Foam 3h: Foam X African Artists’ Foundation
Osborne Macharia - Muchiri Njenga - Kadara Enyeasi
19 May – 27 August 2017
Foam welcomes the African Artists’ Foundation for a collaborative presentation of young African talent at Foam 3h.
The African Artists’ Foundation (AAF) is a non-profit organisation based in Nigeria, dedicated to the promotion and development of contemporary African art. Together, Foam and the AAF present the work of three young photographers from Kenya and Nigeria: Mũchiri Njenga (1985), Osborne Macharia (1986) and Kadara Enyeasi (1994). Their works present fantastical worlds in which past, present, future, fact and fiction converge. Their stylized versions of reality render ambiguous what it is we are looking at: utopia, dystopia or real life?
Foam will be screening Kichwateli (2011) (Swahili for TV-head), a short film by Mũchiri Njenga set in a post-apocalyptic African slum. A young boy with a television for a head wanders the streets of an anonymous city, simultaneously broadcasting and recording information as he goes. The film comments on an inter-generational exchange of cultural traditions and a transhumanist belief in (bio)technological advancement and robotics.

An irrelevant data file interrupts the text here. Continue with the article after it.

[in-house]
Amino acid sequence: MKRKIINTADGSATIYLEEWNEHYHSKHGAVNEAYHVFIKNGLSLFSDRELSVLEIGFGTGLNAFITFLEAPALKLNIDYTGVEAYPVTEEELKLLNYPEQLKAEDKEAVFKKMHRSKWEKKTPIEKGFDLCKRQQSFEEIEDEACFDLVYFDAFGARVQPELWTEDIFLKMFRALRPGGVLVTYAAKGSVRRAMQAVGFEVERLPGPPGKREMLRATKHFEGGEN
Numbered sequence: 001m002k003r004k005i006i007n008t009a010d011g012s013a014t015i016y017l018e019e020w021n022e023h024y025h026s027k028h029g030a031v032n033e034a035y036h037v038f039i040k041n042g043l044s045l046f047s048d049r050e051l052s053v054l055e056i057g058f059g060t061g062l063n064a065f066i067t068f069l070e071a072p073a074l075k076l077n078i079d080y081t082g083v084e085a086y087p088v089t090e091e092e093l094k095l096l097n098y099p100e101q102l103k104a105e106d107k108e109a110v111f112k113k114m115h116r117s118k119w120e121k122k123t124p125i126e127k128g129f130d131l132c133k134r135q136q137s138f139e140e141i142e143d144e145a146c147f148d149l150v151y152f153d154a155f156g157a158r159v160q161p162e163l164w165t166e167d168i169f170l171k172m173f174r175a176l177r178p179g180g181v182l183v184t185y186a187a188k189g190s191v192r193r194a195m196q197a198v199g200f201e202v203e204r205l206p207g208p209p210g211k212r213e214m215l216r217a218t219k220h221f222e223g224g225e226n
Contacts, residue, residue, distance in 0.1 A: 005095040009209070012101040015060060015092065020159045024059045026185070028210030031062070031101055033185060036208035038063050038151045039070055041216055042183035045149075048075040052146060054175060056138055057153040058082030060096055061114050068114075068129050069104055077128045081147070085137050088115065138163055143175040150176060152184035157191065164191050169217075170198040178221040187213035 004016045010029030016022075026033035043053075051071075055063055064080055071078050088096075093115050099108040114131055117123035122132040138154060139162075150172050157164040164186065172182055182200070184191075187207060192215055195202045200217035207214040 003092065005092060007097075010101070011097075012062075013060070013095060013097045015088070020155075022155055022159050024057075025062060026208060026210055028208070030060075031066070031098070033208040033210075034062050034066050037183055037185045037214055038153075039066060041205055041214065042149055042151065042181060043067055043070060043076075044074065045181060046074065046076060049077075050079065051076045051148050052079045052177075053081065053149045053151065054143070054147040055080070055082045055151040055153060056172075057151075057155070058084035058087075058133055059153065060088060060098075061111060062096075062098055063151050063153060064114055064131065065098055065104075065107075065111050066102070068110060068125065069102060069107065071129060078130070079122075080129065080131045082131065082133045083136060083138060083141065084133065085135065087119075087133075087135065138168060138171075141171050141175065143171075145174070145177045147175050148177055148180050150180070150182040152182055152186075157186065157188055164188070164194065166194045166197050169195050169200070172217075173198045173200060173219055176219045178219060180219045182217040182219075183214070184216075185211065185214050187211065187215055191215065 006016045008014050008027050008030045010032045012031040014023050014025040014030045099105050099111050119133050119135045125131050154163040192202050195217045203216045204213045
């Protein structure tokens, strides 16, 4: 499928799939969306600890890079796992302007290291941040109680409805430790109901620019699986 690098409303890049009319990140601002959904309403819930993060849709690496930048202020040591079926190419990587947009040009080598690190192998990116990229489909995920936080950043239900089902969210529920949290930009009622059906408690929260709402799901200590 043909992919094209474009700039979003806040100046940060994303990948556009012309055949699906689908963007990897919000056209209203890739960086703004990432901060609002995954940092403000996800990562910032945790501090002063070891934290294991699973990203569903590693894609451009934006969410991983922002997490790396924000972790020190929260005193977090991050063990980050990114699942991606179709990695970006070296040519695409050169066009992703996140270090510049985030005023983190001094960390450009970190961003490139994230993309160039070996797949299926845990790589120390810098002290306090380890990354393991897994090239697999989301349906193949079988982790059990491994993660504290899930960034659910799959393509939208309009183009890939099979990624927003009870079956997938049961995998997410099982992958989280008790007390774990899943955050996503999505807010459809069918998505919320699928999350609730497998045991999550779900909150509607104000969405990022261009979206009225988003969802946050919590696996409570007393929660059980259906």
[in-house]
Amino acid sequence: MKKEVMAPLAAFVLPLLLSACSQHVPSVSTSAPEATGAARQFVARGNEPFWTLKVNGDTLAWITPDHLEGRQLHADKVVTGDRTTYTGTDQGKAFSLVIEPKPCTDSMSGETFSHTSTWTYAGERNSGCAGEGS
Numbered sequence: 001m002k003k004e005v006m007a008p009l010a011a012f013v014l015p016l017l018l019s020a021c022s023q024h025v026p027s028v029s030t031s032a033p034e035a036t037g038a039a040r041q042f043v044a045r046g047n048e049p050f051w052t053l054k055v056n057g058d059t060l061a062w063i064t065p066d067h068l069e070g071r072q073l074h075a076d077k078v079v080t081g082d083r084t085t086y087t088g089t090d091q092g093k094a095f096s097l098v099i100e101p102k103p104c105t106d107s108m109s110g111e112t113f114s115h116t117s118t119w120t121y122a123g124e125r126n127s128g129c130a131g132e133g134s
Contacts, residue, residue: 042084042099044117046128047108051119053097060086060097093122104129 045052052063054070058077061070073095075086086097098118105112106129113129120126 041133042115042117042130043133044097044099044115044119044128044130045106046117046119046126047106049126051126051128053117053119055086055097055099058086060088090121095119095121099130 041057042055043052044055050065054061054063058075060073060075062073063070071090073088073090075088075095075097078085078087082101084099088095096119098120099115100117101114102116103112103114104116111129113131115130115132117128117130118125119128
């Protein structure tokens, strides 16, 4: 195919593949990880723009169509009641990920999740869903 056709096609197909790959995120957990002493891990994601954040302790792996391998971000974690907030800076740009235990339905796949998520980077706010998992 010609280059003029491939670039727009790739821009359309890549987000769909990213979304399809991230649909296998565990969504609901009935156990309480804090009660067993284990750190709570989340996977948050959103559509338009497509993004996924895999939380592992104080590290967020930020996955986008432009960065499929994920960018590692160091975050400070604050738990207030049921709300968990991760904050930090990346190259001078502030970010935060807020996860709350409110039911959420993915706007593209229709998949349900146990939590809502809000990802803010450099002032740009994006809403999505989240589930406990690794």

Osborne Macharia creates monumental portraits of members from invented Kenyan tribes. Through highly stylised Afro-futuristic imagery, Macharia reformulates real events in the history of Kenya, such as British colonial rule and the Mau Mau rebellion.
Originally trained as an architect, Kadara Enyeasi is interested in the relation between space and (human) form. His collages constitute a playful variation on the principles of western Modernists such as Le Corbusier, while also referencing the graphics of African textile design.
Foam X AAF is the second of three collaborations taking place in Foam 3h during 2017, involving photography platforms in Mexico City (Mexico), Lagos (Nigeria) and Yogyakarta (Indonesia) that each operate in a specific local art scene. The initiative offers Foam the opportunity to present young talent from different cultural contexts and to research new developments in local photography discourses worldwide.
This exhibition is made possible with support from the Gieskes-Strijbis Fund, the Van Bijlevelt Foundation and Kleurgamma.
The Collaborate! programme is made possible with the support of Fonds21, the Mondriaan Fund and the Prins Bernhard Cultuurfonds.